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Lecture# Corals as Paleoclimate Proxies

Description

This lecture discusses the development of proxies for past climate using preserved physical/chemical characteristics. It explores the use of corals as proxies for sea surface temperature, analyzing their skeletons' geochemical variables. The precision of proxies is evaluated through calibration and correlation coefficients. Various microanalytical tools are introduced to study coral skeletal chemistry and structure, emphasizing the importance of spatial resolution. The lecture also covers the ultra-structure of coral skeletons and the differences between reef-building and deep-sea corals in trace-element chemistry. It concludes by highlighting that coral skeletons are not in equilibrium with seawater and that their variations are not solely influenced by seawater temperature changes.

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Related concepts (48)

Coral reef

A coral reef is an underwater ecosystem characterized by reef-building corals. Reefs are formed of colonies of coral polyps held together by calcium carbonate. Most coral reefs are built from stony corals, whose polyps cluster in groups. Coral belongs to the class Anthozoa in the animal phylum Cnidaria, which includes sea anemones and jellyfish. Unlike sea anemones, corals secrete hard carbonate exoskeletons that support and protect the coral. Most reefs grow best in warm, shallow, clear, sunny and agitated water.

Pearson correlation coefficient

In statistics, the Pearson correlation coefficient (PCC) is a correlation coefficient that measures linear correlation between two sets of data. It is the ratio between the covariance of two variables and the product of their standard deviations; thus, it is essentially a normalized measurement of the covariance, such that the result always has a value between −1 and 1. As with covariance itself, the measure can only reflect a linear correlation of variables, and ignores many other types of relationships or correlations.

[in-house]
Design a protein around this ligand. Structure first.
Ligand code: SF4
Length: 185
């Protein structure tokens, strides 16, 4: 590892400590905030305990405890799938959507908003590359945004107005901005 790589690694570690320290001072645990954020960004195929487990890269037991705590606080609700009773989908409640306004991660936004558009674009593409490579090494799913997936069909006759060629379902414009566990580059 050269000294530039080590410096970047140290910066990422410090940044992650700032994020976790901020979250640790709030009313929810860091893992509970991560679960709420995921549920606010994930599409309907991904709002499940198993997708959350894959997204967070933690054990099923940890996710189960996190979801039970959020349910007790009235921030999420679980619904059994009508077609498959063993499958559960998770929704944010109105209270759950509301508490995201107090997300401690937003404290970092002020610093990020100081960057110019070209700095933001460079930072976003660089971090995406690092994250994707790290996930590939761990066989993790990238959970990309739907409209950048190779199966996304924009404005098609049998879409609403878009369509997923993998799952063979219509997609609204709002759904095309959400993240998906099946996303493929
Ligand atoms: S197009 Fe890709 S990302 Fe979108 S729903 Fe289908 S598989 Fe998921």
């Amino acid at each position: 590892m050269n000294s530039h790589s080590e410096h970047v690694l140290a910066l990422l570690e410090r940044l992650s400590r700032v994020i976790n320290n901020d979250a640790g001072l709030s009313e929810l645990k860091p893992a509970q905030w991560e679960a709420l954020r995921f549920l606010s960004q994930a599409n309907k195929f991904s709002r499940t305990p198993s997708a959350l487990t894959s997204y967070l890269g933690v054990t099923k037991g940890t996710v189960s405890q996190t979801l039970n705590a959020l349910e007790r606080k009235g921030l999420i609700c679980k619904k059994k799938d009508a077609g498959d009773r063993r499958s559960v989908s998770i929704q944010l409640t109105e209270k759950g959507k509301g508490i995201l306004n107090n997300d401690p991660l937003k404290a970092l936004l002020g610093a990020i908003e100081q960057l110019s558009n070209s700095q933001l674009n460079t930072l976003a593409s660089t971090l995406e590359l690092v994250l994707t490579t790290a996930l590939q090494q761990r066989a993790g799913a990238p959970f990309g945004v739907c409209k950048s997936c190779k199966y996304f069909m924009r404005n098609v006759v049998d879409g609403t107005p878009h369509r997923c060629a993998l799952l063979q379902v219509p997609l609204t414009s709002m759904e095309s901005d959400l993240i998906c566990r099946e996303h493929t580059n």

Black coral

Antipatharians, also known as black corals or thorn corals, are an order of soft deep-water corals. These corals can be recognized by their jet-black or dark brown chitin skeletons, surrounded by the polyps (part of coral that is alive). Antipatharians are a cosmopolitan order, existing at nearly every location and depth, with the sole exception of brackish waters. However, they are most frequently found on continental slopes under deep. A black coral reproduces both sexually and asexually throughout its lifetime.

Correlation coefficient

A correlation coefficient is a numerical measure of some type of correlation, meaning a statistical relationship between two variables. The variables may be two columns of a given data set of observations, often called a sample, or two components of a multivariate random variable with a known distribution. Several types of correlation coefficient exist, each with their own definition and own range of usability and characteristics. They all assume values in the range from −1 to +1, where ±1 indicates the strongest possible agreement and 0 the strongest possible disagreement.

Correlation

In statistics, correlation or dependence is any statistical relationship, whether causal or not, between two random variables or bivariate data. Although in the broadest sense, "correlation" may indicate any type of association, in statistics it usually refers to the degree to which a pair of variables are linearly related. Familiar examples of dependent phenomena include the correlation between the height of parents and their offspring, and the correlation between the price of a good and the quantity the consumers are willing to purchase, as it is depicted in the so-called demand curve.